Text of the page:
But everyone you know is busy coming and going from Italy, and they're all bragging about what a wonderful time they had there. And for the rest of your life you will say, "Yes, that's where I was supposed to go. That's what I had planned."

The pain of that will never, ever, go away, because the loss of that dream is a very significant loss.

But if you spend your life mourning the fact that you didn't get to Italy, you may never be free to enjoy the very special, the very lovely things about Holland.


An Artist's Journey
Posted January 18, 2018

by Toni Wengler

At a recent art show in which I was selected to show my work, the participating artists were asked to share their personal Artist Statement. This statement was intended to reveal the inspiration gained from painting with different art media.

Here is how I revealed my own artistic inspiration. Perhaps you can find some inspiration in it, as well!

Ten years ago I began my journey as a neophyte artist. Passionate about my newly discovered craft, I began to use many different media, experimenting and creating with great joy and curiosity and with a playful attitude. I loved them all! I began to realize art is about searching, creating, and evolving as an artist through self-discovery.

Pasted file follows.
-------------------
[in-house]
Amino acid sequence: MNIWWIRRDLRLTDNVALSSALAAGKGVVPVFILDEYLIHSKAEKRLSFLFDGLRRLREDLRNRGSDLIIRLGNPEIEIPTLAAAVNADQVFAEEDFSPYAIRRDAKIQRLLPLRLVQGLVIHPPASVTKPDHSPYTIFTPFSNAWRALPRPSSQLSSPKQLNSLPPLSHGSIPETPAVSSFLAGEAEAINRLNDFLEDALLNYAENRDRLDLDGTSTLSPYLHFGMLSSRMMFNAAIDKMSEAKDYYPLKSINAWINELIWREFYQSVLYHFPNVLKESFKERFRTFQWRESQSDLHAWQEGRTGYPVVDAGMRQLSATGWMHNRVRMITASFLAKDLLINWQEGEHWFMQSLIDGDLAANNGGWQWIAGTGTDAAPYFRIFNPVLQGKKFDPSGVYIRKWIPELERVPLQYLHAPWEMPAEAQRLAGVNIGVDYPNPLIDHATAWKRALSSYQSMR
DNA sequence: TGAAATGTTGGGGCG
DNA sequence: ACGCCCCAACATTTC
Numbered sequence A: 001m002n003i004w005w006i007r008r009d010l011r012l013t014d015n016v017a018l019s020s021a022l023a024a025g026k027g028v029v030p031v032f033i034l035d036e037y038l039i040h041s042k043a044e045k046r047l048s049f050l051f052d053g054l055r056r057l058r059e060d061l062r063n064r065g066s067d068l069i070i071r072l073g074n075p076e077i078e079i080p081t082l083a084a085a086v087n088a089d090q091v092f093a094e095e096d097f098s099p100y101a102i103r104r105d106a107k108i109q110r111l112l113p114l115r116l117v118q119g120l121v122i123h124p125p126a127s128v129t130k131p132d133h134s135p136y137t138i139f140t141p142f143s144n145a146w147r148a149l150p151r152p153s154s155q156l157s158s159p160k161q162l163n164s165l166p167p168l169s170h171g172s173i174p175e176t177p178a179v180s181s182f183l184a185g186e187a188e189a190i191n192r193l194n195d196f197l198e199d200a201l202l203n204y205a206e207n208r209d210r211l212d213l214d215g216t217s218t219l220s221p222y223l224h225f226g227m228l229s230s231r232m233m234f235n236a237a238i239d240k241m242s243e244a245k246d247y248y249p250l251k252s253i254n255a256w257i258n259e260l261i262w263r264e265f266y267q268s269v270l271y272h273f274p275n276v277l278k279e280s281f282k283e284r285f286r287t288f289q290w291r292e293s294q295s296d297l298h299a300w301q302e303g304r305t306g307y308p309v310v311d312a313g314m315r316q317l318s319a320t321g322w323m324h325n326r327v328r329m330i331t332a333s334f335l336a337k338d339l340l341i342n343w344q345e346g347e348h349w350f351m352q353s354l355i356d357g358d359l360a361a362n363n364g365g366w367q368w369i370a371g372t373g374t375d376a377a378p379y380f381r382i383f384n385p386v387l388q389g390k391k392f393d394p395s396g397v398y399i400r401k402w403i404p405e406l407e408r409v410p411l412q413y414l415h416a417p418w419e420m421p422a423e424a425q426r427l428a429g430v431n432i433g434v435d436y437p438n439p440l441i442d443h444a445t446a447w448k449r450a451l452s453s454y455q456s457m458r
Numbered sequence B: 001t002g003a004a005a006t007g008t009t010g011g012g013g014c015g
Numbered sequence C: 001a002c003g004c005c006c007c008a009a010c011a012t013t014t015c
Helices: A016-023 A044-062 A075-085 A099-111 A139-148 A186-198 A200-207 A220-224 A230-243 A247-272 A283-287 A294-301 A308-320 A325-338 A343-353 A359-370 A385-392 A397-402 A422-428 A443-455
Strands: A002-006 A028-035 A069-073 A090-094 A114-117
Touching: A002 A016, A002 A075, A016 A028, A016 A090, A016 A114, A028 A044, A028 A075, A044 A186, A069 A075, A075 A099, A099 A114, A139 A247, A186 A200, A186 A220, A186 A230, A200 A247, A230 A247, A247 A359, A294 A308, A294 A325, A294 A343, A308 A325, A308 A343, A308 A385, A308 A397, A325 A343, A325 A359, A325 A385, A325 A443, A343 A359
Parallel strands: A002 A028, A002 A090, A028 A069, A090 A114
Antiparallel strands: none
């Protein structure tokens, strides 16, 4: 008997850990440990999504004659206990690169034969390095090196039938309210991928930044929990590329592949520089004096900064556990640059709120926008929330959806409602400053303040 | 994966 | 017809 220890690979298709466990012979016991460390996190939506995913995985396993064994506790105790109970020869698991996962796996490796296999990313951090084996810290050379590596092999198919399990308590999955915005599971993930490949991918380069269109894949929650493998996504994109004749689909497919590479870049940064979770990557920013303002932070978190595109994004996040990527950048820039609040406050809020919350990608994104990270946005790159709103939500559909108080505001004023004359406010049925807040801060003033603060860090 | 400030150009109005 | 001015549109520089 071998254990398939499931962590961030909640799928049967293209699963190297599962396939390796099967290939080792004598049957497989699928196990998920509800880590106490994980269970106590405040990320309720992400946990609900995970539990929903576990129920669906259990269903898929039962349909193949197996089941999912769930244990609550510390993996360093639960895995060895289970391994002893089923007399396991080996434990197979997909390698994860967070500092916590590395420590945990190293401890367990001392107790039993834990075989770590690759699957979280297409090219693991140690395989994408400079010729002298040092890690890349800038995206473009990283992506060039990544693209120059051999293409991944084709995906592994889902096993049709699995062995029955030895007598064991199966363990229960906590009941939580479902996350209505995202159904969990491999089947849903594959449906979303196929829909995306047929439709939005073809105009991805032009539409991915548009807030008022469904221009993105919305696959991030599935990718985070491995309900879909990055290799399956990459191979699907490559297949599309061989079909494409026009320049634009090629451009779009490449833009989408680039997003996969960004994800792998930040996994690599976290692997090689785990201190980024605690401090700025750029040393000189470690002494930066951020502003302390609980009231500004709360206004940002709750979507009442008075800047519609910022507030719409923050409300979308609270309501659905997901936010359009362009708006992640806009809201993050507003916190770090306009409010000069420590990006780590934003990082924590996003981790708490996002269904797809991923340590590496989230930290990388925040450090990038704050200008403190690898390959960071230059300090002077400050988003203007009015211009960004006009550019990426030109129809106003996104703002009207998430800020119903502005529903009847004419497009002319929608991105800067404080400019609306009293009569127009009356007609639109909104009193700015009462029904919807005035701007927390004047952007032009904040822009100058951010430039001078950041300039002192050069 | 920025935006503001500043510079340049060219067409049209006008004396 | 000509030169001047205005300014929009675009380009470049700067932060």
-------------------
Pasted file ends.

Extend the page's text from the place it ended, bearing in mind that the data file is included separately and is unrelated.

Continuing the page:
[Editor's note: What is the meaning of "media" in art terms? "Media" is just the plural of "medium." A medium is simply a substance that an artist uses to make art. website reference]

I found that each medium offers distinct advantages. Here are some examples:

Painting with colored pencils takes a lot of patience. Many hours of concentrated effort are spent building layer upon layer of color to obtain a translucent effect. It is so worth the effort, for it often ends up looking like an oil painting.

Pastel is all about pure color and it teaches one to see and select the right values for each painting.

Collage teaches good design.

Use of water media offers much diversity and, for me, is well suited for creating abstract art. It opens the mind to new, creative possibilities. It challenges one's fears, such as self-doubt about not being in control of the creative process. It brings out the inner self for unique experiences and opens one's vision wide to develop and embrace one's full expression as an artist.

Thus, through the working process, experimentation, and God's added inspiration, I am happily discovering my own individual, unique style.


Read more "On the Road Again" articles.
Current
Year
2017 2016 2015 2014 2013 2012 2011